How to Position Your Nonprofit’s Website for Maximum Web Accessibility

Is Your Nonprofit’s Website Meeting Accessibility Guidelines? 

On July 26, 1990 the historic Americans with Disabilities Act (ADA) law was signed into effect in the USA. However, in 2020 there are still aspects of everyday life that remain inaccessible. Unfortunately, one of the most overlooked areas remains inaccessible but is needed now more than ever due to the Covid-19 pandemic.

Your website is SEO friendly, engages your audience with well designed user flows and experience, and has a beautiful hero photo of a smiling child. But is it accessible?

Accessible websites are visually designed and programmatically developed to work for all people, no matter their ability.

Photo by: makeitsomarketing

Before the pandemic, there had been numerous recent high-profile cases regarding inaccessible websites. With more and more people forced to work and learn from home, it’s essential to make web accessibility a priority.

No matter your size, you should try to make your website meet the Web Accessibility Initiative.

Those who receive federal funding; such as parent centers, government agencies, educational institutions, and nonprofit organizations are also legally held to meet section 508 compliance.

Web accessibility is not a do it once and done event. To start down the accessibility path keep reading.

4 Accessibility Tips

1. Start the Process Early

When preparing to speak to your board about accessibility, it’s important that you understand your legal requirements. If you receive federal funding you are legally obligated to meet Section 504 of the Rehabilitation Act.

Once you’ve gotten the go-ahead, it’s important to decide if you are going to update your existing site or design and develop a new website. We’ve discovered it’s better to incorporate accessibility during the design stage of a new website. Yet it is not impossible to make changes to a website that already exists. Retrofitting existing website is often more expensive than incorporating accessibility in a new website.

Hiring an agency who is knowledgeable and experienced with accessibility, means that both your design and the code are accessible.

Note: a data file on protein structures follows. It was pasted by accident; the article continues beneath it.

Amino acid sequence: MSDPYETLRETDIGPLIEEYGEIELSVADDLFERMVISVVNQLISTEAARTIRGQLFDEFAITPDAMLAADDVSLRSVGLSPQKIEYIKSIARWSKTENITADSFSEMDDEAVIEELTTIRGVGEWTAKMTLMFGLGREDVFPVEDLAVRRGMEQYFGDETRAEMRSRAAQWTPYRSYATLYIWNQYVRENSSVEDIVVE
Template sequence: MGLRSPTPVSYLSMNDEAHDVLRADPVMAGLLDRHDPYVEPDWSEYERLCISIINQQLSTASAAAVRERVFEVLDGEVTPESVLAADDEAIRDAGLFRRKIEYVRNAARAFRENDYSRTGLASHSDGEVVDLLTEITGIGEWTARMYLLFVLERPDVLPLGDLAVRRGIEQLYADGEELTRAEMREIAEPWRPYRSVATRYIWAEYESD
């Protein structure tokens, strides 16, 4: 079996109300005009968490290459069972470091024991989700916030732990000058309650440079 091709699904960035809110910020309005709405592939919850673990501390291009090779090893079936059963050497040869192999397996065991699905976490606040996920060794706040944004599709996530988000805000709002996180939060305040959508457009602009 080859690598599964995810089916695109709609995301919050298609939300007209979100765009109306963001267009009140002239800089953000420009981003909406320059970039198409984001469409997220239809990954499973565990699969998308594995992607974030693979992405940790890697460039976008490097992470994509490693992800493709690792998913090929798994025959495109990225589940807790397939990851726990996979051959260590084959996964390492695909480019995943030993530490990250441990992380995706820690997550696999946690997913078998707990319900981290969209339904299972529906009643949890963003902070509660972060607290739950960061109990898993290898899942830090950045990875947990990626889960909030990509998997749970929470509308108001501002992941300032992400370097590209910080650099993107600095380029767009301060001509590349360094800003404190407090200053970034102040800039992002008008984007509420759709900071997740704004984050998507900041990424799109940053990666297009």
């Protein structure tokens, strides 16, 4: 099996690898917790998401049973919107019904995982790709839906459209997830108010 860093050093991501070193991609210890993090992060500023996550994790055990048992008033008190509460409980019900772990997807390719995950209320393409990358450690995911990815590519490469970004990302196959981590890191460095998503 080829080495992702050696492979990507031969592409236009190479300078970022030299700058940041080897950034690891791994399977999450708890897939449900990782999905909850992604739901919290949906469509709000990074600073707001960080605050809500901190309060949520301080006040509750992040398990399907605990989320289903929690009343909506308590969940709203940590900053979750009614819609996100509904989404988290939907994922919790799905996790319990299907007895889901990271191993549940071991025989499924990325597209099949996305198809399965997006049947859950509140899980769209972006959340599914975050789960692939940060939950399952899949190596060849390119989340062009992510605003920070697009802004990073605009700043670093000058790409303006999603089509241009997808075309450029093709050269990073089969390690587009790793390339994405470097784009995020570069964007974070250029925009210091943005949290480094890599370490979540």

Image by: Mohamed_hassan

AmDee recommends having staff or selected constituents test the site on a variety of devices and assistive technology. This helps highlight any bugs that may exist on the new (or updated) site before launch.

2. Evaluate the Effect that Web Accessibility Has on Your ROI

We live in a global digital market that allows you to engage people from all over the world. As you talk to others, make inquiries about their ROI from any web accessibility changes they have made. Early in the process, presenting this information may help win the Board for an accessible website.

Additionally, potential funders and donors will be eager to learn about the resources you’ve provided, and the people you’ve supported online, along with the steps you’ve taken toward building an inclusive community.

An added benefit to highlight, adhering to web accessibility guidelines will not only help people with disabilities. But also those who are older, live in a rural area, or a developing country.

3. Assess and Compare Requirements 

Your nonprofit is likely held to many different requirements, among them web accessibility policies. It is likely you have internal policies, the Americans with Disabilities (ADA) regulations, and information and communications (ICT) policies. It’s imperative to compare each to ensure you’re within compliance, and identify areas of overlap.

AmDee recommends striving for a WCAG 2.1 AA rating across your website and resource materials.

4.      Keep it Practical 

Web accessibility is not on the tips of everyone’s tongue, but it does impact the communities you serve. Consider the practical aspects when examining web accessibility and your organization’s digital experience. While there are technical elements that will likely need a developer to implement, there are other items that can be checked and done by the staff already within your organization.

If the board is still on the fence, calculate the costs in fees that you may have to pay if cited for noncompliance. Web accessibility is a real thing. It has both practical benefits and repercussions.

Image by: Kreatikar

While the idea of web accessibility may seem challenging for your nonprofit, it’s achievable with proper planning and support. If you need a brief introduction to what is included in an accessible site you can check out our Web Accessibility 101 article.

Additionally check out our accessibility subscription and reporting program to learn how we can help your Board take the next steps.

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Whitney S.

Whitney is a global storyteller, and social entrepreneur. She uses her skill, passion, purpose, and innovation to improve the way businesses and brands communicate online and in the world.

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Kristy Bauman

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